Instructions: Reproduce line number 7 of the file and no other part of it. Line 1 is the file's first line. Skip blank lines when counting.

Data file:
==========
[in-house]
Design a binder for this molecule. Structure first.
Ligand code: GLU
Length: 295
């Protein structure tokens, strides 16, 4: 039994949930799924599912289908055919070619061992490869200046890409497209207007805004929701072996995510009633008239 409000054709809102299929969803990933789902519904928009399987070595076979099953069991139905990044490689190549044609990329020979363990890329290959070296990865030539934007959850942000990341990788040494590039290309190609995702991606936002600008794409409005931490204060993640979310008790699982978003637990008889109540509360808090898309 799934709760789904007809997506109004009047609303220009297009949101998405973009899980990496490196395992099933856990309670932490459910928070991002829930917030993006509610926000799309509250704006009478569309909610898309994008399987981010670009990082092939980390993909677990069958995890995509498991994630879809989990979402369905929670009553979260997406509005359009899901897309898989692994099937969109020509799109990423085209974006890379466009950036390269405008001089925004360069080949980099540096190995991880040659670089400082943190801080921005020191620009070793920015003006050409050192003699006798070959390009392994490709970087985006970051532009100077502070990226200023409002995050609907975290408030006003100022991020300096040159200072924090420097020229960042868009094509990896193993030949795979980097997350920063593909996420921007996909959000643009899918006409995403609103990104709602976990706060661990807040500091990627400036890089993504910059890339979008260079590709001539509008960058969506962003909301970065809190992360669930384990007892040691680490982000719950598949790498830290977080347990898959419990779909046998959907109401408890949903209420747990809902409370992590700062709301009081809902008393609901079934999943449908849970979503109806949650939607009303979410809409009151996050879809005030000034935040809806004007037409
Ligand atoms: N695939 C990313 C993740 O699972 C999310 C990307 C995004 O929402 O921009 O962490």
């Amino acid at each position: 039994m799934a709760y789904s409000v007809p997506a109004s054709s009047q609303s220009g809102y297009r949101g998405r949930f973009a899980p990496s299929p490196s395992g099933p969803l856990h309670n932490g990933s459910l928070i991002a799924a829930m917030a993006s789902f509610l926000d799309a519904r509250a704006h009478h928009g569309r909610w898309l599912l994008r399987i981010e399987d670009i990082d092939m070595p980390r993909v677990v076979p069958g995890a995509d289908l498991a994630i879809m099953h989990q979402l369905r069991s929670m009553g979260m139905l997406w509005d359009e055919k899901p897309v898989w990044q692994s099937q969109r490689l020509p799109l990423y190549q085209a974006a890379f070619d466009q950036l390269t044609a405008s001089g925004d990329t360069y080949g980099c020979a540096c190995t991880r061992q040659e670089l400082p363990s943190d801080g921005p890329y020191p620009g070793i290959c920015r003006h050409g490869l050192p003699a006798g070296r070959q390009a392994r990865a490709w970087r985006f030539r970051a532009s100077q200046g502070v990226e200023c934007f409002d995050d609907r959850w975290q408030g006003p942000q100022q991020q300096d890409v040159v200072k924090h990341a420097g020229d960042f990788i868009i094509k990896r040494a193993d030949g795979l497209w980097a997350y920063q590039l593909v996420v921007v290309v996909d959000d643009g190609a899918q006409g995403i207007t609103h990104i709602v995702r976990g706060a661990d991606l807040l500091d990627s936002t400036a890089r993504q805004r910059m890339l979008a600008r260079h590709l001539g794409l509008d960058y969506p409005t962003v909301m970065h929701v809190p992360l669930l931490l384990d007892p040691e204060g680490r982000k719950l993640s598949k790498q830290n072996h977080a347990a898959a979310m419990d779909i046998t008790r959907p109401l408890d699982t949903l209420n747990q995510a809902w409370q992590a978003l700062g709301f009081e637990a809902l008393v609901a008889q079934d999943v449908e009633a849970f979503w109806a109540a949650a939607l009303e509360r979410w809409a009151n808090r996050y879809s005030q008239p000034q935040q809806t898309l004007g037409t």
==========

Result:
């Amino acid at each position: 039994m799934a709760y789904s409000v007809p997506a109004s054709s009047q609303s220009g809102y297009r949101g998405r949930f973009a899980p990496s299929p490196s395992g099933p969803l856990h309670n932490g990933s459910l928070i991002a799924a829930m917030a993006s789902f509610l926000d799309a519904r509250a704006h009478h928009g569309r909610w898309l599912l994008r399987i981010e399987d670009i990082d092939m070595p980390r993909v677990v076979p069958g995890a995509d289908l498991a994630i879809m099953h989990q979402l369905r069991s929670m009553g979260m139905l997406w509005d359009e055919k899901p897309v898989w990044q692994s099937q969109r490689l020509p799109l990423y190549q085209a974006a890379f070619d466009q950036l390269t044609a405008s001089g925004d990329t360069y080949g980099c020979a540096c190995t991880r061992q040659e670089l400082p363990s943190d801080g921005p890329y020191p620009g070793i290959c920015r003006h050409g490869l050192p003699a006798g070296r070959q390009a392994r990865a490709w970087r985006f030539r970051a532009s100077q200046g502070v990226e200023c934007f409002d995050d609907r959850w975290q408030g006003p942000q100022q991020q300096d890409v040159v200072k924090h990341a420097g020229d960042f990788i868009i094509k990896r040494a193993d030949g795979l497209w980097a997350y920063q590039l593909v996420v921007v290309v996909d959000d643009g190609a899918q006409g995403i207007t609103h990104i709602v995702r976990g706060a661990d991606l807040l500091d990627s936002t400036a890089r993504q805004r910059m890339l979008a600008r260079h590709l001539g794409l509008d960058y969506p409005t962003v909301m970065h929701v809190p992360l669930l931490l384990d007892p040691e204060g680490r982000k719950l993640s598949k790498q830290n072996h977080a347990a898959a979310m419990d779909i046998t008790r959907p109401l408890d699982t949903l209420n747990q995510a809902w409370q992590a978003l700062g709301f009081e637990a809902l008393v609901a008889q079934d999943v449908e009633a849970f979503w109806a109540a949650a939607l009303e509360r979410w809409a009151n808090r996050y879809s005030q008239p000034q935040q809806t898309l004007g037409t």